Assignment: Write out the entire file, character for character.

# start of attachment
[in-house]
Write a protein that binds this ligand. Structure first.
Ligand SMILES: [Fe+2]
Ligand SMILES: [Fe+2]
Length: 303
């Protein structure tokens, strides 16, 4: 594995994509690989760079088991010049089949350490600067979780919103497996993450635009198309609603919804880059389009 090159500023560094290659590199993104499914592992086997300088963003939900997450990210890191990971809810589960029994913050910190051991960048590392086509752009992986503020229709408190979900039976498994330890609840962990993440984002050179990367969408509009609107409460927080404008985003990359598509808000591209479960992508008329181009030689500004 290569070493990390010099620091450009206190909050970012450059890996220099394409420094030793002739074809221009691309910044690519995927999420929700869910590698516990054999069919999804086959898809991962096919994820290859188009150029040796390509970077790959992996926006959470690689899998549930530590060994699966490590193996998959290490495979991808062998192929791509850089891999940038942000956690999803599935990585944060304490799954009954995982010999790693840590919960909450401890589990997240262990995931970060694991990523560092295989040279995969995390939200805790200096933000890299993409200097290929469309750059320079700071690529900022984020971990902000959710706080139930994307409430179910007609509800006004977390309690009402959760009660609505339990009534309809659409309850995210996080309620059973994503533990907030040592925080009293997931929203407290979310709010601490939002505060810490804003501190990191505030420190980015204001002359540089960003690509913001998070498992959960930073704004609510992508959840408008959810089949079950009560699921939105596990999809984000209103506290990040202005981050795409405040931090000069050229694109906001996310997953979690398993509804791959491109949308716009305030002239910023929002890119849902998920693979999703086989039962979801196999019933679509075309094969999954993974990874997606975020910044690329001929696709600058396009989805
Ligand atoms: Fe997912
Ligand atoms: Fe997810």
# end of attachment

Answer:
[in-house]
Write a protein that binds this ligand. Structure first.
Ligand SMILES: [Fe+2]
Ligand SMILES: [Fe+2]
Length: 303
């Protein structure tokens, strides 16, 4: 594995994509690989760079088991010049089949350490600067979780919103497996993450635009198309609603919804880059389009 090159500023560094290659590199993104499914592992086997300088963003939900997450990210890191990971809810589960029994913050910190051991960048590392086509752009992986503020229709408190979900039976498994330890609840962990993440984002050179990367969408509009609107409460927080404008985003990359598509808000591209479960992508008329181009030689500004 290569070493990390010099620091450009206190909050970012450059890996220099394409420094030793002739074809221009691309910044690519995927999420929700869910590698516990054999069919999804086959898809991962096919994820290859188009150029040796390509970077790959992996926006959470690689899998549930530590060994699966490590193996998959290490495979991808062998192929791509850089891999940038942000956690999803599935990585944060304490799954009954995982010999790693840590919960909450401890589990997240262990995931970060694991990523560092295989040279995969995390939200805790200096933000890299993409200097290929469309750059320079700071690529900022984020971990902000959710706080139930994307409430179910007609509800006004977390309690009402959760009660609505339990009534309809659409309850995210996080309620059973994503533990907030040592925080009293997931929203407290979310709010601490939002505060810490804003501190990191505030420190980015204001002359540089960003690509913001998070498992959960930073704004609510992508959840408008959810089949079950009560699921939105596990999809984000209103506290990040202005981050795409405040931090000069050229694109906001996310997953979690398993509804791959491109949308716009305030002239910023929002890119849902998920693979999703086989039962979801196999019933679509075309094969999954993974990874997606975020910044690329001929696709600058396009989805
Ligand atoms: Fe997912
Ligand atoms: Fe997810």